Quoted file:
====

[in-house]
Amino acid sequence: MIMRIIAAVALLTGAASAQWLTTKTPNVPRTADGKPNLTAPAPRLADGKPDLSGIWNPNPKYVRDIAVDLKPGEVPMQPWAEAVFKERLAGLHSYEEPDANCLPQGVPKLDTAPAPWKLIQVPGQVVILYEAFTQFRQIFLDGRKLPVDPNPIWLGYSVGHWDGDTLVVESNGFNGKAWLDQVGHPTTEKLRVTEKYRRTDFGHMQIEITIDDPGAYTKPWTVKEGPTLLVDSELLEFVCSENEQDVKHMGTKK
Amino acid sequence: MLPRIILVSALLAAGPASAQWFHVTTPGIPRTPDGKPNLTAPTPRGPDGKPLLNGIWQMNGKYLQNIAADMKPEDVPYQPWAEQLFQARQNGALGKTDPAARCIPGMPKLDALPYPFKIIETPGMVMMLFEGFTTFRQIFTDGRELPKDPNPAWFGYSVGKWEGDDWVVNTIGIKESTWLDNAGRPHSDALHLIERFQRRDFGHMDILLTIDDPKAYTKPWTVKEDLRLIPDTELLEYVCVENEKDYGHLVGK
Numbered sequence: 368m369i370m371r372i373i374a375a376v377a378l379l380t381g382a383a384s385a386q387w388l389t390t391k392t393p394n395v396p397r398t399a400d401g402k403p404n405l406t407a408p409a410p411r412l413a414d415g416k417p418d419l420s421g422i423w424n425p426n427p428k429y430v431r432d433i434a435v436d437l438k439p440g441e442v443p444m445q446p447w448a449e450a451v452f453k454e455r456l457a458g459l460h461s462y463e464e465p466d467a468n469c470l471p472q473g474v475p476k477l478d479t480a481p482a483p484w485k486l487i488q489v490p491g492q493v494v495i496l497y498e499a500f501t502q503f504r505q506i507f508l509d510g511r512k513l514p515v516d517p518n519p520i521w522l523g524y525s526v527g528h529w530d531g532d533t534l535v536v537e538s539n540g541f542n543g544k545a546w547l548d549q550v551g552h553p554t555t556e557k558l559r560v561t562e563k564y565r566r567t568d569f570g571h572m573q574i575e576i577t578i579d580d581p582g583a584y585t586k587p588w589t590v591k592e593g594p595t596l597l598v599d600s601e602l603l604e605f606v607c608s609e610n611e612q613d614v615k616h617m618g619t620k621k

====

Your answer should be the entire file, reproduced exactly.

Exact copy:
[in-house]
Amino acid sequence: MIMRIIAAVALLTGAASAQWLTTKTPNVPRTADGKPNLTAPAPRLADGKPDLSGIWNPNPKYVRDIAVDLKPGEVPMQPWAEAVFKERLAGLHSYEEPDANCLPQGVPKLDTAPAPWKLIQVPGQVVILYEAFTQFRQIFLDGRKLPVDPNPIWLGYSVGHWDGDTLVVESNGFNGKAWLDQVGHPTTEKLRVTEKYRRTDFGHMQIEITIDDPGAYTKPWTVKEGPTLLVDSELLEFVCSENEQDVKHMGTKK
Amino acid sequence: MLPRIILVSALLAAGPASAQWFHVTTPGIPRTPDGKPNLTAPTPRGPDGKPLLNGIWQMNGKYLQNIAADMKPEDVPYQPWAEQLFQARQNGALGKTDPAARCIPGMPKLDALPYPFKIIETPGMVMMLFEGFTTFRQIFTDGRELPKDPNPAWFGYSVGKWEGDDWVVNTIGIKESTWLDNAGRPHSDALHLIERFQRRDFGHMDILLTIDDPKAYTKPWTVKEDLRLIPDTELLEYVCVENEKDYGHLVGK
Numbered sequence: 368m369i370m371r372i373i374a375a376v377a378l379l380t381g382a383a384s385a386q387w388l389t390t391k392t393p394n395v396p397r398t399a400d401g402k403p404n405l406t407a408p409a410p411r412l413a414d415g416k417p418d419l420s421g422i423w424n425p426n427p428k429y430v431r432d433i434a435v436d437l438k439p440g441e442v443p444m445q446p447w448a449e450a451v452f453k454e455r456l457a458g459l460h461s462y463e464e465p466d467a468n469c470l471p472q473g474v475p476k477l478d479t480a481p482a483p484w485k486l487i488q489v490p491g492q493v494v495i496l497y498e499a500f501t502q503f504r505q506i507f508l509d510g511r512k513l514p515v516d517p518n519p520i521w522l523g524y525s526v527g528h529w530d531g532d533t534l535v536v537e538s539n540g541f542n543g544k545a546w547l548d549q550v551g552h553p554t555t556e557k558l559r560v561t562e563k564y565r566r567t568d569f570g571h572m573q574i575e576i577t578i579d580d581p582g583a584y585t586k587p588w589t590v591k592e593g594p595t596l597l598v599d600s601e602l603l604e605f606v607c608s609e610n611e612q613d614v615k616h617m618g619t620k621k